That got me thinking a little bit about stuff we produce and how our American economy is put together. We make stuff as cheap as we can and sell it for as little as possible. And it almost always breaks shortly after we just get used to the way it works, with the best repair option being to get a new one. It really doesn’t matter what it is; lawn mower, weed-whacker, car, computer, dishwasher, kitchen mixer.

What if instead, we built durable stuff that was repairable and maintainable. Then, instead of always selling more stuff, we sold services to maintain and fix the durable goods. Would we then be able to sell a lawn mower for $3,000? Quentin did and I didn’t even know I was going to pay that much. And since we would not be throwing away as much, we would have less need for land fills. Since quality goods would cost a little more, we might not be so careless with the way we stored and treated things.

Skilled service jobs can’t be outsourced. When they are in demand, skilled jobs are respected. Anyone who has screwed up a plumbing jobs knows that no matter what the plumber charges you, it is probably worth it.

If we want to move into a service economy, perhaps making less stuff — but higher quality stuff — and focusing on the “service plan” might be the way top go. Probably a flaw in the thinking here somewhere, but deserves some thought.

National City Bank staffed with crooks

I have not been able to get decent Internet all week, so on-line banking has been tough. Most of the National City Bank branches were closed because they did not have power. The online banking has been sporadically “malfunctioning” with the bill pay in addition to my Internet woes.

As a result, I now have $69.04 in late fees and interest on a credit card balance I never keep. I will call; I will get my money back and I will shut down the card and never use their credit card services again. They have never been willing to publish a date due on the account and they keep sliding the due date all over the calendar. Enough is really enough.

I will also switch banks. They started out great about 9 years ago, but slowly slipped into “really just sucks.”

The City of Englewood at it again!

I recently received a mailer from Rumpke regarding the change in our trash removal service. It had a few more details than the official City newsletter had. I called the City of Englewood to clarify the “one bulk item” definition. As I do most of my own home-improvement projects as a hobby and relaxation, I was concerned I would no longer have access to construction debris removal as would be expected from a bathroom remodel.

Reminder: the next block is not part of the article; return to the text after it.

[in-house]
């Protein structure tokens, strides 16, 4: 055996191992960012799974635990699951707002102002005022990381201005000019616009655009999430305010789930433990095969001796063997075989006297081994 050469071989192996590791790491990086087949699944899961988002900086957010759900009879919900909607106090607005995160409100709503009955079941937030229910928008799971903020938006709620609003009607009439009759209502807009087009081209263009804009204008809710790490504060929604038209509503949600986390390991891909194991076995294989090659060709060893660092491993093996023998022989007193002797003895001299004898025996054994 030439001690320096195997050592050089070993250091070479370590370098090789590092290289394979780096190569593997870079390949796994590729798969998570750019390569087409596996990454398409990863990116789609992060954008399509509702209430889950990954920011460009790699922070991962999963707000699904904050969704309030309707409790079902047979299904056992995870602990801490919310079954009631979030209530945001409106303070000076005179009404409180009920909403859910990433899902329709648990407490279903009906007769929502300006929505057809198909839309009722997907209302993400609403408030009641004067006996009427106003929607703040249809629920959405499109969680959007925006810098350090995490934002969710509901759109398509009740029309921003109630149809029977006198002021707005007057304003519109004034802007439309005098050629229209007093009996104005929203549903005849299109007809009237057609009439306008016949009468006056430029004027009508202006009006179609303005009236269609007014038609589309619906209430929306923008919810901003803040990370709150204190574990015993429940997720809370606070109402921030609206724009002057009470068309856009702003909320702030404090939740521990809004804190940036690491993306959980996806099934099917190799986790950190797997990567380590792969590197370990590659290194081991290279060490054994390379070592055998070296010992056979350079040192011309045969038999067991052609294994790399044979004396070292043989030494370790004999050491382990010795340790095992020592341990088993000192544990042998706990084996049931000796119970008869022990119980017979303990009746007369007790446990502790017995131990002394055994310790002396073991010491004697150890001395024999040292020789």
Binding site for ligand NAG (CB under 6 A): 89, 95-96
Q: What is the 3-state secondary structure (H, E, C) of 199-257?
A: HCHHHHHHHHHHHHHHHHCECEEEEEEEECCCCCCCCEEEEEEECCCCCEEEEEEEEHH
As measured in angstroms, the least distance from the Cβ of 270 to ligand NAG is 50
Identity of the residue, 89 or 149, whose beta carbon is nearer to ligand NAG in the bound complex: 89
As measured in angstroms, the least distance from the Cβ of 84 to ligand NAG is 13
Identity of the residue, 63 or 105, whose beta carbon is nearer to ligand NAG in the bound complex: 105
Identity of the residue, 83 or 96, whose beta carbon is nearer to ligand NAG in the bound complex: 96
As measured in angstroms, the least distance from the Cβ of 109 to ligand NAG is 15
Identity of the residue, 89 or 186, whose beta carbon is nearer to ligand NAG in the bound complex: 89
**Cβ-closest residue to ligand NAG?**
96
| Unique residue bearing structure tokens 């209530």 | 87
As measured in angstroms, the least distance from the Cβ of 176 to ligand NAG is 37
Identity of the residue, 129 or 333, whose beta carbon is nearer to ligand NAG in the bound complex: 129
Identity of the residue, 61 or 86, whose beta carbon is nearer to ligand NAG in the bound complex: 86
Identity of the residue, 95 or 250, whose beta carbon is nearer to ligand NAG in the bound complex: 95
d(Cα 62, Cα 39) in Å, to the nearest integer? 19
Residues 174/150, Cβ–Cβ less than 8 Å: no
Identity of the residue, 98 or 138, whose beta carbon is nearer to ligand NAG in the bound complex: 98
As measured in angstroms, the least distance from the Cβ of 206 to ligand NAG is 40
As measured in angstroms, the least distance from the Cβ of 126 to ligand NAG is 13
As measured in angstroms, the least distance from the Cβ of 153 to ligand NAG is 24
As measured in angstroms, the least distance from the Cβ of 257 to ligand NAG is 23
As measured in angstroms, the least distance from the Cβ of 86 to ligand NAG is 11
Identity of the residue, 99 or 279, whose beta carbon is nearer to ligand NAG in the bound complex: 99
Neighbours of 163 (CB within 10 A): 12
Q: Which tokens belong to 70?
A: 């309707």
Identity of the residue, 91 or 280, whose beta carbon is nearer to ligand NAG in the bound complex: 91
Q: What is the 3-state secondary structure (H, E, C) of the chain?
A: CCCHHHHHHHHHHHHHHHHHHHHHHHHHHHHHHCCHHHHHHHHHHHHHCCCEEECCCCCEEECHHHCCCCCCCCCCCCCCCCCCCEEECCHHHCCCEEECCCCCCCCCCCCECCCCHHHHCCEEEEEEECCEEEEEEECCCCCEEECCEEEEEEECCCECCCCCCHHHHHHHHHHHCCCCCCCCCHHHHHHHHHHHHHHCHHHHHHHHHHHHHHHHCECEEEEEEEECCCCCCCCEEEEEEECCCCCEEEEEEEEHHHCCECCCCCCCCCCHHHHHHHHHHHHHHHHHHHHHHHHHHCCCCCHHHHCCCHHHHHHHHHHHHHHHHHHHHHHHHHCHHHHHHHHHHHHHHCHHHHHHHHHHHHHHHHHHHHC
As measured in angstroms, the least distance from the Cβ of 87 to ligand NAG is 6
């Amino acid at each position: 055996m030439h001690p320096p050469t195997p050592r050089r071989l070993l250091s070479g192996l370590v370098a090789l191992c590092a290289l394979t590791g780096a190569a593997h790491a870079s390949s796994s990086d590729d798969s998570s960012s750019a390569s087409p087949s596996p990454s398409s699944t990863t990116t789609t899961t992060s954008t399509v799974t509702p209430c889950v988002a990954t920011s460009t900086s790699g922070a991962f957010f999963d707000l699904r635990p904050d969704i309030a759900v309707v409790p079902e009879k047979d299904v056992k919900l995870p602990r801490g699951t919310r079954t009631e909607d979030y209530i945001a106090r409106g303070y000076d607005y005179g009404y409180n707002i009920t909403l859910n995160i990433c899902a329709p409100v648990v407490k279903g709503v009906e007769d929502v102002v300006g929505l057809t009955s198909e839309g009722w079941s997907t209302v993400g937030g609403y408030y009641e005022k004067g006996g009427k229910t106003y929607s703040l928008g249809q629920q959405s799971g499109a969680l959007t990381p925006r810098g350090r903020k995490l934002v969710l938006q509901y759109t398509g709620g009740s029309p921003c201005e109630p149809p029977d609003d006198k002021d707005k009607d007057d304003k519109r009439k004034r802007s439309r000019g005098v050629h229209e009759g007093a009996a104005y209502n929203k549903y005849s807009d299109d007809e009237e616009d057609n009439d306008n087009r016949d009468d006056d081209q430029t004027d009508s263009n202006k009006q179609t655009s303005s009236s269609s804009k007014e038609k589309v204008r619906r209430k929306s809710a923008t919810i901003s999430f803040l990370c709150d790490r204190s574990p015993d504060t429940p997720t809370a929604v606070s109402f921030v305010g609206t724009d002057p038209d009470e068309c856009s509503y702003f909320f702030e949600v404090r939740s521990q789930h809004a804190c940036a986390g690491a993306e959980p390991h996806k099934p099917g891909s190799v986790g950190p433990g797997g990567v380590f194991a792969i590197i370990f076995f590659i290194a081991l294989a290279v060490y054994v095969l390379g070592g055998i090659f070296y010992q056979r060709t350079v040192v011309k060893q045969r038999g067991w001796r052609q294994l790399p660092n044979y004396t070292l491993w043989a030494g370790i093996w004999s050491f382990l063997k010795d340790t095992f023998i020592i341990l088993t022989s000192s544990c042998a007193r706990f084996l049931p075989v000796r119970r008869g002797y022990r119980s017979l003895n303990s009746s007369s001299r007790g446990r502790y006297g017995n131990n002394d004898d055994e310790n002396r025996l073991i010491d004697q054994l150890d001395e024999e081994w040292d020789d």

Matt in the government office confirmed my fear, but he was quick to point out the City was saving a million dollars by switching to Rumpke. I then took out my calculator.

Using a basis of approximately 23,000 residents (could be a few more or less.. not sure how many apartment renters are in that count) I calculated out $36.00/year that Rumpke would be pushing off on us for container rental. That came to $828,000, just shy of a million dollars. But, since our $36.00 is AFTER taxes, the REAL cost of renting a container, given the lowest tax brackets, is $45.99 a year. (Your cost may vary, depending on your tax bracket.) This pushes the real cost to $1,057,00.00. A hair over a million dollars the City is “saving.”

As far as me and my third-grade math are concerned, we are now getting fewer services for just a bit more money than we are now paying. And the City is saving a million dollars on our behalf.

If my calculations are not accurate or I am missing something, I invite the City to call and correct me. I suspect a call will not be forthcoming

Corporate sponsorship at my funeral

As we were walking through the cemetery, Bell Funeral Services was setting up their blue canopy for a funeral. I know it is Bell because that is the biggest thing you can read on the canopy.

I got to thinking it would probably be more appropriate to have a place for the deceased’s name instead of slapping on yet another piece of advertising. “Good bye, Mr. Dogg! By the way, be sure to keep Bell Funeral Services in mind in case you need to spend your last dime before you get to the other side!”

One more thing.. as I was walking by, I happened to look up and one of the guys setting up turns his head and spits. Nothing like the image I have of Bell Funeral Services, taking my last dime and then spitting on my grave!